Jane is a naturalist, photographer and nature writer living in Dorset. Her work has appeared in books, anthologies and blogs for charities such as The Wildlife Trusts and the International Bee Research Association. When she’s not exploring Dorset’s lanes and countryside she can be found lying on her stomach watching insects in her garden. Jane is currently studying for an MA in Travel and Nature Writing at Bath Spa University and can be found: www.janevadams.com and on Twitter @WildlifeStuff Jane’s previous Guest Blogs here can be found here.
Over the past twelve months, have you noticed the changes in the seasons more than in previous years? On the 23rd of March 2020, as we entered the unfamiliar world of lockdown for the first time, did you find yourself noticing the catkins more as you took your ‘daily exercise’, were the bluebells smellier than you had remembered when you walked in the woods in April, and did the unhurried buzz of a bumblebee make you look up from the book you were reading, as warm summer days ambled into autumn? The last year has been hell in so many ways, but maybe one of the positives to come out of lockdown has been a reconnection with, and renewed appreciation for, nature?
Before Christmas, as the days chilled and the nights started arriving too early, I could feel my own reconnection started to wane. Shielding with my ‘clinically vulnerable’ husband, the more I stayed indoors the less attached to the outside I felt. In the kitchen, watching the birds peck seed from the feeder, it was as if I was a goldfish in a bowl; I could see out, but I couldn’t hear, touch or smell the world outside.
Then I received a Facebook memory post. If you’re on Facebook you’ve probably received one, they remind you about a post from years ago, normally something you’d rather have forgotten. Most of the time I scroll past them, but today I didn’t.
Important Announcement: I have mating frogs in the garden pond. Small things make me very happy. January 27th, 2012
Adding a wildlife pond to our garden was one of the first things we did after our move here in 2004. An enthusiastic team of Wildlife Trust trainees descended on the garden one spring morning, and dug, ate cake, lined, drank tea and filled a two by one metre pond with water.
Their hard work was much appreciated and wasn’t in vain, within a year dragonflies and damselflies had taken up residence and were laying eggs, flies and wasps were drinking from the shallows and mason bees were collecting wet mud to line their nests. The first newt arrived – a spotty male palmate with a painterly orange brush stroke down its tail – then one February evening I heard a strange noise as I was bringing in the bins.
Layers of deep croaks rippled across the grass from the direction of the pond, and as I crept towards the noise, watery eyes reflected light from the kitchen window and glowed orange in the semi-darkness. Frogs had arrived. That year it was twenty common frogs, the next thirty, the numbers increasing until a few years later fifty frogs were bundling into my tiny garden pond, and an amphibian orgy of legs and bodies filling what little water there was with eye-staring clumps of spawn.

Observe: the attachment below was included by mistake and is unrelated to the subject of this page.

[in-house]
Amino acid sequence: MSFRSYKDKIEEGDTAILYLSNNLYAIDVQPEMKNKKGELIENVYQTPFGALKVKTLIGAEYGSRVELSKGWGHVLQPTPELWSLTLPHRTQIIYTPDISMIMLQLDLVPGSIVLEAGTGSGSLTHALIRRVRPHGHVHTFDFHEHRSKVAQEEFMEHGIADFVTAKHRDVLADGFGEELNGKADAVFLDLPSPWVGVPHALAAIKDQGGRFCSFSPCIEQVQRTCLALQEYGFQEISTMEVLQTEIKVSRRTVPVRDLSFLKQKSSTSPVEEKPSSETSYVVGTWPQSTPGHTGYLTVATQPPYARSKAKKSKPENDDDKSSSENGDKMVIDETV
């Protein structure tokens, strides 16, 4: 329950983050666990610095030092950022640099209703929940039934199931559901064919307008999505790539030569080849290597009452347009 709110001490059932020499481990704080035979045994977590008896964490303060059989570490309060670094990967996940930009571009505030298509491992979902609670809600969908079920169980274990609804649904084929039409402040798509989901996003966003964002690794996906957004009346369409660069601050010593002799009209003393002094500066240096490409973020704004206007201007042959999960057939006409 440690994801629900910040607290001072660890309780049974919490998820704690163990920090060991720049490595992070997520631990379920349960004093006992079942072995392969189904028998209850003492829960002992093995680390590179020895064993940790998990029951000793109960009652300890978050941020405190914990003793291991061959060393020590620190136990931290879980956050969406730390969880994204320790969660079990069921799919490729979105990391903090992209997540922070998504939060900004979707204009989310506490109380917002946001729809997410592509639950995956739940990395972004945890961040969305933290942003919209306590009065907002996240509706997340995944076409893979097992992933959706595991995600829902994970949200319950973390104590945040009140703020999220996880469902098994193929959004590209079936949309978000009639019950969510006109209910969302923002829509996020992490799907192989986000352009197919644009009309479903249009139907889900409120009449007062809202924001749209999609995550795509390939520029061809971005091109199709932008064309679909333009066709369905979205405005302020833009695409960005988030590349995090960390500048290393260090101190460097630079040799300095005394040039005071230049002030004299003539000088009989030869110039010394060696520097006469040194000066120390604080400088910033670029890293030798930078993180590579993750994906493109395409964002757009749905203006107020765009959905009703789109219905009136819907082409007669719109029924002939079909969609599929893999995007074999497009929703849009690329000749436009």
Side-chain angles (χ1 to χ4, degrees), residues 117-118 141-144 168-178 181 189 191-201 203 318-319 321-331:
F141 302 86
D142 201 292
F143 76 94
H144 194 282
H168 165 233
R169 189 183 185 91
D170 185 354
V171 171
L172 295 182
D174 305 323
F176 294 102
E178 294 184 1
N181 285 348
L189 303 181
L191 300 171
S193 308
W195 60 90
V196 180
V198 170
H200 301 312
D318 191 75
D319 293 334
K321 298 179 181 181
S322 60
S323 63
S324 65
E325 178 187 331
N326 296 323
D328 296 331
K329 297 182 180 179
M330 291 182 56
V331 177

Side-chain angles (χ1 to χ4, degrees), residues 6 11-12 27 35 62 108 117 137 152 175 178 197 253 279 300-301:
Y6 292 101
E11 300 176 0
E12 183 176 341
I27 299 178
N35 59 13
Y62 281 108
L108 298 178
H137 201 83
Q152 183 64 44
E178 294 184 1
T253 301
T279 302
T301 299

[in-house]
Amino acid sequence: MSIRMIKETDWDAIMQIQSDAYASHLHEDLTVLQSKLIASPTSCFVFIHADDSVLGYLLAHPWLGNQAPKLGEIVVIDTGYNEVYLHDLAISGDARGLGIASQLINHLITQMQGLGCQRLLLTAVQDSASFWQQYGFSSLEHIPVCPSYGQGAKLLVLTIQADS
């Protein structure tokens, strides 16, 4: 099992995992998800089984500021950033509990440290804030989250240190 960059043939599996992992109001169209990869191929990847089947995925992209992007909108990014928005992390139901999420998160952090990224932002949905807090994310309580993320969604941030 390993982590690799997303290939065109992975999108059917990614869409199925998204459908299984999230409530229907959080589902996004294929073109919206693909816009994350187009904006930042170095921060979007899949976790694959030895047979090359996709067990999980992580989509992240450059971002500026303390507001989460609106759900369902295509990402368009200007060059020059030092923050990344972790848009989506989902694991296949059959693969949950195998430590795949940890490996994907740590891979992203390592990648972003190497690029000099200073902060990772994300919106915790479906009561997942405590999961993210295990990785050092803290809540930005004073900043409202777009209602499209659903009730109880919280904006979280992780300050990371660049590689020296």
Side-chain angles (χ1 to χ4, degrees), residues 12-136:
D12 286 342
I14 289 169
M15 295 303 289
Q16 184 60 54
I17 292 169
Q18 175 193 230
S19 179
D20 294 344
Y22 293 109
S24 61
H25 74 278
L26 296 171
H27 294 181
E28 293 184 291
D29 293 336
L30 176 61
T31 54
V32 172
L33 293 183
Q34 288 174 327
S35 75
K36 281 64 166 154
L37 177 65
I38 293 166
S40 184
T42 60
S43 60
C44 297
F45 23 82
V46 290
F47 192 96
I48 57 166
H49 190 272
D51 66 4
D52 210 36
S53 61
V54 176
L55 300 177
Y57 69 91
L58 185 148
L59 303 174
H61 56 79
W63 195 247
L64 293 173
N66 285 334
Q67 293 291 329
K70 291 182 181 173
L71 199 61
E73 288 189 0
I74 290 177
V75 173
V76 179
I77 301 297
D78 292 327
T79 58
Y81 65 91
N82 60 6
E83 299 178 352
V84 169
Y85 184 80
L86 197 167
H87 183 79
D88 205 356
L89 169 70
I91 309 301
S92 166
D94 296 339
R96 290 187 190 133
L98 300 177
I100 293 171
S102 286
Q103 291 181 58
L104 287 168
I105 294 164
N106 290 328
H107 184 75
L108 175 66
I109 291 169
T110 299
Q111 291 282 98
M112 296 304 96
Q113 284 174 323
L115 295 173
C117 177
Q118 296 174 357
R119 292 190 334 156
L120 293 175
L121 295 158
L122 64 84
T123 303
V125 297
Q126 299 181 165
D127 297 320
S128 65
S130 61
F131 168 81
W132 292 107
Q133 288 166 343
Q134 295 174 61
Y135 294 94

As a species, we have been fascinated by frogs for thousands of years. Ancient Egyptians had a frog-goddess, Heqet, who symbolized fertility, while Aesop, the Greek storyteller, wrote of a frog who tried to inflate itself to the size of an ox. In the New Testament, Revelation, frogs were thought of as being unclean, whereas they are transformative, and kissed in the well-known Frog Prince fairy tale. The frog-spirit, Ch’ing-Wa Sheng, symbolizes good fortune and healing in Chinese culture and more recently, Kermit the frog turns up as the straight man in The Muppet Show. It seems we can’t get enough of frogs. Ceramic frogs are collected and given as gifts, their faces adorn designs on children’s clothes, and cuddly frogs are given as soft toys.
Sadly, their symbolism seems to be stronger than our desire to protect them. In recent RSPB surveys (as part of the RSPB Big Garden Birdwatch) the number of sightings of frogs in gardens declined between 2014 and 2018 by 17%, with the main reason thought to be a lack of suitable habitat. Diseases, such as Ranavirus, may also be affecting UK populations.
What is clear is that we need to be doing more to help frogs if they are to keep their ‘common’ moniker. We need to dig more ponds – big or small. Leave suitable wild habitat in a corner of our gardens. Record them when we see them. Over the next couple of months, the citizen science survey, PondNet Spawn Survey, is a great place to start.
So, this week I’ve been out in the garden clearing the pond of leaves, optimistic for the reappearance of my garden frogs and getting my nature-fix. At a time when hope is in short supply, when we are all looking for something to look forward to, the sound of a croaking frog really can be a cause for celebration.[registration_form]